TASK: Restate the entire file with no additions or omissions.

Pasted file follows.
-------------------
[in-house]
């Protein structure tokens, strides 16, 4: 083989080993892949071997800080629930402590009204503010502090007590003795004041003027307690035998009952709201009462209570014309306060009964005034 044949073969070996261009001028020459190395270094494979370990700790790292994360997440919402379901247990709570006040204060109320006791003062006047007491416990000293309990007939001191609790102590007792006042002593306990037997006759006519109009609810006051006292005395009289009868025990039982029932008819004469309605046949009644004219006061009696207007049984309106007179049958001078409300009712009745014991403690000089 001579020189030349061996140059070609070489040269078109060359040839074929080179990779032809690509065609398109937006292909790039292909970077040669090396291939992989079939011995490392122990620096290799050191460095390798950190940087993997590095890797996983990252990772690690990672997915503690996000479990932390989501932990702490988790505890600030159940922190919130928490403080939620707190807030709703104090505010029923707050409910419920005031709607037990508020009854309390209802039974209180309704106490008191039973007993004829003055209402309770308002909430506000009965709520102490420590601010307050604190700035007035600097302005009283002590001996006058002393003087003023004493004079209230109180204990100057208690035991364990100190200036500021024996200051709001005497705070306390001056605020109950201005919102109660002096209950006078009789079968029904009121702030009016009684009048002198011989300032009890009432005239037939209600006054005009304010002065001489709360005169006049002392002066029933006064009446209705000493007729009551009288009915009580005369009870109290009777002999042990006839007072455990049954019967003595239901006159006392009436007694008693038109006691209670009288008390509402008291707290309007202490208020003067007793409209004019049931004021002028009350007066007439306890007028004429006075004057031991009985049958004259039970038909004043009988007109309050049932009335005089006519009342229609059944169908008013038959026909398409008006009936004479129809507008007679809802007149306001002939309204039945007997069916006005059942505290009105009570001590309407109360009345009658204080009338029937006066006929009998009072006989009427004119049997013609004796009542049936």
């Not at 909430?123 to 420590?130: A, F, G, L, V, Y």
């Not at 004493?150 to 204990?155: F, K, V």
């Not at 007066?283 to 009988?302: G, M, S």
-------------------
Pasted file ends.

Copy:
[in-house]
């Protein structure tokens, strides 16, 4: 083989080993892949071997800080629930402590009204503010502090007590003795004041003027307690035998009952709201009462209570014309306060009964005034 044949073969070996261009001028020459190395270094494979370990700790790292994360997440919402379901247990709570006040204060109320006791003062006047007491416990000293309990007939001191609790102590007792006042002593306990037997006759006519109009609810006051006292005395009289009868025990039982029932008819004469309605046949009644004219006061009696207007049984309106007179049958001078409300009712009745014991403690000089 001579020189030349061996140059070609070489040269078109060359040839074929080179990779032809690509065609398109937006292909790039292909970077040669090396291939992989079939011995490392122990620096290799050191460095390798950190940087993997590095890797996983990252990772690690990672997915503690996000479990932390989501932990702490988790505890600030159940922190919130928490403080939620707190807030709703104090505010029923707050409910419920005031709607037990508020009854309390209802039974209180309704106490008191039973007993004829003055209402309770308002909430506000009965709520102490420590601010307050604190700035007035600097302005009283002590001996006058002393003087003023004493004079209230109180204990100057208690035991364990100190200036500021024996200051709001005497705070306390001056605020109950201005919102109660002096209950006078009789079968029904009121702030009016009684009048002198011989300032009890009432005239037939209600006054005009304010002065001489709360005169006049002392002066029933006064009446209705000493007729009551009288009915009580005369009870109290009777002999042990006839007072455990049954019967003595239901006159006392009436007694008693038109006691209670009288008390509402008291707290309007202490208020003067007793409209004019049931004021002028009350007066007439306890007028004429006075004057031991009985049958004259039970038909004043009988007109309050049932009335005089006519009342229609059944169908008013038959026909398409008006009936004479129809507008007679809802007149306001002939309204039945007997069916006005059942505290009105009570001590309407109360009345009658204080009338029937006066006929009998009072006989009427004119049997013609004796009542049936």
């Not at 909430?123 to 420590?130: A, F, G, L, V, Y």
């Not at 004493?150 to 204990?155: F, K, V």
């Not at 007066?283 to 009988?302: G, M, S």